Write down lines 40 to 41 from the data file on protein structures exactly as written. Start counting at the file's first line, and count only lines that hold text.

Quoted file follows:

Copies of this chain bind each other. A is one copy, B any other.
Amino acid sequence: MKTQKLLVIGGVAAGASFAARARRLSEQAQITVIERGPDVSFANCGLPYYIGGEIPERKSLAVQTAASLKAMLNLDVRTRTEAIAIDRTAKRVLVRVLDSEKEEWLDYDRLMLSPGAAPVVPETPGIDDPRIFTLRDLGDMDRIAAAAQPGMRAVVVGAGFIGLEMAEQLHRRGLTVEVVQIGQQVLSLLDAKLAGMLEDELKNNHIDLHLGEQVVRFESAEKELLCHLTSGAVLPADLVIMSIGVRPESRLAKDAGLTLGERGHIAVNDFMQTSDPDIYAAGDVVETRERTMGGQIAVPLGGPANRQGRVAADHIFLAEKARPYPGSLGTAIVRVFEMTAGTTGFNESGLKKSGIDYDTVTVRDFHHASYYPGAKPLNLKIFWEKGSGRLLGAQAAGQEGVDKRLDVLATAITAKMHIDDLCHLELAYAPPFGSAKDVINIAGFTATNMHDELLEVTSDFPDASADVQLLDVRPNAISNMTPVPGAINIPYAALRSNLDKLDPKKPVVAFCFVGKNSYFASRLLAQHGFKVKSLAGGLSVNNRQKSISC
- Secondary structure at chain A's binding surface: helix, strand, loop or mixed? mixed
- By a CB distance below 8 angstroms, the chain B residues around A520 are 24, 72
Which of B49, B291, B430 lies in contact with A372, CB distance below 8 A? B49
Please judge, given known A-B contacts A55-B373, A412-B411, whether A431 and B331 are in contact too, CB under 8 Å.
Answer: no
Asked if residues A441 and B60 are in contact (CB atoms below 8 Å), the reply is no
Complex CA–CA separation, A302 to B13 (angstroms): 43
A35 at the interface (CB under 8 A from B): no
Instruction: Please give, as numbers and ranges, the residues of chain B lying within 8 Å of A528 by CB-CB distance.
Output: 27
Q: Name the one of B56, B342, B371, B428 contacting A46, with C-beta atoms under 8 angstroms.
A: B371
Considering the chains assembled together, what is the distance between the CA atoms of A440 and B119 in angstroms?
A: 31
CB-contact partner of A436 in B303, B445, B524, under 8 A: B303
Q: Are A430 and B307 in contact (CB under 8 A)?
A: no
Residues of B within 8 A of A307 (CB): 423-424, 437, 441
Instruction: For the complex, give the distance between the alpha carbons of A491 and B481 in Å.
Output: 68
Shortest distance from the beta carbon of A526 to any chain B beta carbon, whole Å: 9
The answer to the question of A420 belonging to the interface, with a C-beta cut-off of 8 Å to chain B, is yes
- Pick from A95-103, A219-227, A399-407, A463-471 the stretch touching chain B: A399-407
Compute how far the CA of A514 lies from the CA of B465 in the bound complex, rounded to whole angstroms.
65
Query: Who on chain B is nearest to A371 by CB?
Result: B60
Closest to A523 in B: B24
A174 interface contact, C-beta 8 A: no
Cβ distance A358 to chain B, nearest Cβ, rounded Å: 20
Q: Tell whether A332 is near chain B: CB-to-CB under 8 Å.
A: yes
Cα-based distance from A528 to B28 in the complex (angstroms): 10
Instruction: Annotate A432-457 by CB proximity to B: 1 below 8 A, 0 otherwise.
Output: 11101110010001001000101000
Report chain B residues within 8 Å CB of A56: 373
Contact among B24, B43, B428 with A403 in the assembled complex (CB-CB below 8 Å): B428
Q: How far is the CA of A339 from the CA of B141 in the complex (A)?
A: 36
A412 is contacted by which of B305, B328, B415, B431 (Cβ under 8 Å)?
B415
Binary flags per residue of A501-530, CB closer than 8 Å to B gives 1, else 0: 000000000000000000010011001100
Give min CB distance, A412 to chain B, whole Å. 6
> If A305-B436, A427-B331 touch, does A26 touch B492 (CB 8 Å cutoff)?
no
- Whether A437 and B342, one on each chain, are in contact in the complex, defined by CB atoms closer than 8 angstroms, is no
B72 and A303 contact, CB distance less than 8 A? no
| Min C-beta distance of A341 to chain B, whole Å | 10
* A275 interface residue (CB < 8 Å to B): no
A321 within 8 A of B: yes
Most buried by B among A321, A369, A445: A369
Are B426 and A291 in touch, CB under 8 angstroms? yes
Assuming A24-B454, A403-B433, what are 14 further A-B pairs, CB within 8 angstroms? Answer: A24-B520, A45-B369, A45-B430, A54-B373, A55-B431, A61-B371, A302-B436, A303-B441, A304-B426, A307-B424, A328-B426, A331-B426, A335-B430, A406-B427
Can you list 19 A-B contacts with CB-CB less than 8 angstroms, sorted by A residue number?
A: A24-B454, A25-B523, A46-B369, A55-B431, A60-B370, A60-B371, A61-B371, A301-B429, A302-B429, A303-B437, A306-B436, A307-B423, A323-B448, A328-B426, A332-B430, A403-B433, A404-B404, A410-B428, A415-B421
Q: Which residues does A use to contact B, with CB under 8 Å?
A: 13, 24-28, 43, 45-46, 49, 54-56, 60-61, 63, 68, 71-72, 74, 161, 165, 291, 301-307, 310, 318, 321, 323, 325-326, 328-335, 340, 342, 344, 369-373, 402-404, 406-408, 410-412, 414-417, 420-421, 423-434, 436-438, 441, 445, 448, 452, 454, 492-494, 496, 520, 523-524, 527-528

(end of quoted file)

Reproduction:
Q: How far is the CA of A339 from the CA of B141 in the complex (A)?
A: 36